The fallout from the decision to tear down the homeless encampment outside Regina city hall has made its way to city council.
The encampment was destroyed in late July and hosted 83 tents at its peak. Now, the area remains fenced off, and Mayor Sandra Masters said there are biohazards in the grass.
At Wednesday’s city council meeting, Ward 1 Coun. Cheryl Stadnichuk, Ward 3 Coun. Andrew Stevens, Ward 6 Coun. Dan LeBlanc and Ward 8 Coun. Shanon Zachidniak called for the city to declare a “houselessness emergency.”
However, in a vote of six to two, city council voted against the motion.
Masters said the motion wouldn’t be helpful for the city.
“The feedback we’ve received from community-based organizations who work in this world has been that this can be incredibly disruptive to the relationships in the fragile ecosystem that occurs on the streets for how folks get outreach and how they connect with services and the relationships that are being established,” she said.
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Leanne Jarocky, a homeless advocate with Rally Around Homelessness said the result of the vote was not one she expected.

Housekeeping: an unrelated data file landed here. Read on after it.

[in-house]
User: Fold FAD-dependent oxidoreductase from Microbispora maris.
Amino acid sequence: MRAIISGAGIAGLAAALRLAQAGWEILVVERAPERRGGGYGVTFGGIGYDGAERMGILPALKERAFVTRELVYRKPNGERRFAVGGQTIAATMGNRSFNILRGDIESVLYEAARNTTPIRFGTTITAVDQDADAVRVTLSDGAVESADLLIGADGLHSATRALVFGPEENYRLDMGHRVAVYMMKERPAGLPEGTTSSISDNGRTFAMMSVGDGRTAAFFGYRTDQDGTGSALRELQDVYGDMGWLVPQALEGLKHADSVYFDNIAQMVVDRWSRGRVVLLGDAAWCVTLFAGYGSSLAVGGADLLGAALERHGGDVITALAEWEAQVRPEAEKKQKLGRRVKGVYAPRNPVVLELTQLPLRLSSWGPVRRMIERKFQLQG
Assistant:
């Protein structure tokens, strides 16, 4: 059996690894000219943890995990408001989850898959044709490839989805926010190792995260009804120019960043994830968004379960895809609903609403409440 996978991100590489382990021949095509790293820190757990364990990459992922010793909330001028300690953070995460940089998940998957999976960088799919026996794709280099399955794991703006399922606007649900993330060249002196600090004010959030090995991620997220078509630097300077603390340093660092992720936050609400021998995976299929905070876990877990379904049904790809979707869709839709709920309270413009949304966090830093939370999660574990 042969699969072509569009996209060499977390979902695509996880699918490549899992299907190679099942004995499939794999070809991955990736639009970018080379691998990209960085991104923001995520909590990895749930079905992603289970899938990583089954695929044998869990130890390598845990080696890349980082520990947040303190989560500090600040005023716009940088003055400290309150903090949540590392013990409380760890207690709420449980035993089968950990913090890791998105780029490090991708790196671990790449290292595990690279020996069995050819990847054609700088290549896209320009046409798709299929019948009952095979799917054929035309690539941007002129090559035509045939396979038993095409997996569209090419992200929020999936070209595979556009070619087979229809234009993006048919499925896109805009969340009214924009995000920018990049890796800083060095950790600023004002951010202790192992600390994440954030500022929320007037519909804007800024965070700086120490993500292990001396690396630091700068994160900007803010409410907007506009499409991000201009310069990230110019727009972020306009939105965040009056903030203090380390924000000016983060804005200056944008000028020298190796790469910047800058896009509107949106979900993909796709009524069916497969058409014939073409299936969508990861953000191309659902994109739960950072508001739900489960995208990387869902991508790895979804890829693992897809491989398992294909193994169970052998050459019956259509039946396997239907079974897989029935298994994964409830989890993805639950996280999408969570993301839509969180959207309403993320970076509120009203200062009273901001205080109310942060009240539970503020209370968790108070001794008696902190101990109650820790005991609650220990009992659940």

“I guess I was a little naive because I honestly went in thinking it’s kind of a no brainer, right?” she said. “Let’s acknowledge this is a crisis and we need some help.”
The motion in front of council also asked for:
- For the city to call on the provincial and federal governments to contribute emergency funding to address the crisis.
- For city administration to create a plan to provide temporary barrier-free shelter for all Regina residents in need by the end of the third quarter of 2023.
- That the city make a long-term commitment to addressing homelessness as part of the 2024 budget process.
- That safety guidelines be created for encampments.
- That encampments only be dismantled for safety reasons if there is a documented pattern of unwillingness from camp organizers to address multiple safety concerns.
During the debate, council discussed whether or not making demands of the provincial and federal governments is the right call, how to be more communicative of council’s action plans, as well as whether or not making additional plans would be helpful and if additional housing is affordable.
The discussion led to heated responses from people in the chamber which had them removed.
According to the agenda for Wednesday’s meeting, Regina saw an increase of 110 per cent in the Point-in-time Homelessness which saw its total rise from 232 people in 2015, to 488 in 2021.
“I don’t think anybody in the room was saying that the city isn’t doing anything,” Jarocky said. “What the delegates were saying is it’s just not enough.”
City council has decided creating new long and short term financial plans will move forward to budget deliberations.
“We have a plan to end homelessness,” Masters said. “We have clearly outlined within that plan our investment, which we have far exceeded and the continued work that we are doing, which is coordinating and collaborating.”